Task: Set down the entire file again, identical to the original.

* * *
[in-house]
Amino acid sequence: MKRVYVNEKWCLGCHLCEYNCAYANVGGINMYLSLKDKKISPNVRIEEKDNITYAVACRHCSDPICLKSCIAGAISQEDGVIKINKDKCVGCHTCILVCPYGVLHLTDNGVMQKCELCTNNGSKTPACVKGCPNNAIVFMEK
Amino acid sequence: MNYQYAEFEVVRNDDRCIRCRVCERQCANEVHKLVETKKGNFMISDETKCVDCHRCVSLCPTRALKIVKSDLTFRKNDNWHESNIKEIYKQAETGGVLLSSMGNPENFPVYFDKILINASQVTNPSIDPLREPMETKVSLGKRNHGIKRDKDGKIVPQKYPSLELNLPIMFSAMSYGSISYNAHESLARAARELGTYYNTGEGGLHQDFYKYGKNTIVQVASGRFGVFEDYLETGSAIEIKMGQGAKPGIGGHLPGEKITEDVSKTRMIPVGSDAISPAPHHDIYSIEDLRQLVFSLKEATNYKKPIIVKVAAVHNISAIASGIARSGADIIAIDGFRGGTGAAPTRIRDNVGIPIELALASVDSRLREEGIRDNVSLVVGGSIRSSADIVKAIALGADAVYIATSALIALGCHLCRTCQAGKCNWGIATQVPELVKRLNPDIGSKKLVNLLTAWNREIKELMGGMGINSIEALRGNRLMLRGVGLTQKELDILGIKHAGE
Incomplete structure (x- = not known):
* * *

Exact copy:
[in-house]
Amino acid sequence: MKRVYVNEKWCLGCHLCEYNCAYANVGGINMYLSLKDKKISPNVRIEEKDNITYAVACRHCSDPICLKSCIAGAISQEDGVIKINKDKCVGCHTCILVCPYGVLHLTDNGVMQKCELCTNNGSKTPACVKGCPNNAIVFMEK
Amino acid sequence: MNYQYAEFEVVRNDDRCIRCRVCERQCANEVHKLVETKKGNFMISDETKCVDCHRCVSLCPTRALKIVKSDLTFRKNDNWHESNIKEIYKQAETGGVLLSSMGNPENFPVYFDKILINASQVTNPSIDPLREPMETKVSLGKRNHGIKRDKDGKIVPQKYPSLELNLPIMFSAMSYGSISYNAHESLARAARELGTYYNTGEGGLHQDFYKYGKNTIVQVASGRFGVFEDYLETGSAIEIKMGQGAKPGIGGHLPGEKITEDVSKTRMIPVGSDAISPAPHHDIYSIEDLRQLVFSLKEATNYKKPIIVKVAAVHNISAIASGIARSGADIIAIDGFRGGTGAAPTRIRDNVGIPIELALASVDSRLREEGIRDNVSLVVGGSIRSSADIVKAIALGADAVYIATSALIALGCHLCRTCQAGKCNWGIATQVPELVKRLNPDIGSKKLVNLLTAWNREIKELMGGMGINSIEALRGNRLMLRGVGLTQKELDILGIKHAGE
Incomplete structure (x- = not known):